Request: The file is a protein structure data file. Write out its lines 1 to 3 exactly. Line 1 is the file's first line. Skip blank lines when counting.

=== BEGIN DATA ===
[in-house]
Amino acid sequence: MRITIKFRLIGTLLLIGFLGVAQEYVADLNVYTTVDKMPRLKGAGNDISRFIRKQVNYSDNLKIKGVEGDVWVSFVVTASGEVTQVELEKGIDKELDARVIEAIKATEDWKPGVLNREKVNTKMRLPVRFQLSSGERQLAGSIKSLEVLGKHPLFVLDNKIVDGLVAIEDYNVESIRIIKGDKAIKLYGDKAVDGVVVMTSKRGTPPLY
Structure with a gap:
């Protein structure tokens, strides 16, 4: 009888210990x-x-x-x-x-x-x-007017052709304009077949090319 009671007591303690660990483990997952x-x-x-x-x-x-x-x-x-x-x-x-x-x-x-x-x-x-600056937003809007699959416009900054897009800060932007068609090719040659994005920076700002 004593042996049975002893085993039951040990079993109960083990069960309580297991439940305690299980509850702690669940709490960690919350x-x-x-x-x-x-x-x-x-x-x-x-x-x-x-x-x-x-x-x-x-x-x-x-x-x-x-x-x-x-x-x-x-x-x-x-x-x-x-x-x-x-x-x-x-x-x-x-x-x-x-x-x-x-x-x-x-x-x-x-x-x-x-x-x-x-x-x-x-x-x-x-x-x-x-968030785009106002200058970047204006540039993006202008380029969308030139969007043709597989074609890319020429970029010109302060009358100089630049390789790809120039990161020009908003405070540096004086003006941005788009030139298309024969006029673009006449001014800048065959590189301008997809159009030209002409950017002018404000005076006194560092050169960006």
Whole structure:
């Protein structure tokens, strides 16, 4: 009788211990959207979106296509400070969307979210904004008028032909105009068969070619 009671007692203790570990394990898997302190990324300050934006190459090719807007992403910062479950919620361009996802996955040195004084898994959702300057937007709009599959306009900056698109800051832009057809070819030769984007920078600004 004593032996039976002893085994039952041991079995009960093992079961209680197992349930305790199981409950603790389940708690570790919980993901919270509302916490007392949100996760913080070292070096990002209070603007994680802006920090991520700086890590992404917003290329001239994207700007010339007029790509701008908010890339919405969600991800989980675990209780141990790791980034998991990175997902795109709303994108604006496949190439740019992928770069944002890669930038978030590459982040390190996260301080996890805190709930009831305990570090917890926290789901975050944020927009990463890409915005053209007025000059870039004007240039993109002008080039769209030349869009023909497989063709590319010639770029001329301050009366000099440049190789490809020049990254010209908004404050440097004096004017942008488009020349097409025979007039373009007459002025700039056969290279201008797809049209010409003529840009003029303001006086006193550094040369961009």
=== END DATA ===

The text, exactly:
[in-house]
Amino acid sequence: MRITIKFRLIGTLLLIGFLGVAQEYVADLNVYTTVDKMPRLKGAGNDISRFIRKQVNYSDNLKIKGVEGDVWVSFVVTASGEVTQVELEKGIDKELDARVIEAIKATEDWKPGVLNREKVNTKMRLPVRFQLSSGERQLAGSIKSLEVLGKHPLFVLDNKIVDGLVAIEDYNVESIRIIKGDKAIKLYGDKAVDGVVVMTSKRGTPPLY
Structure with a gap: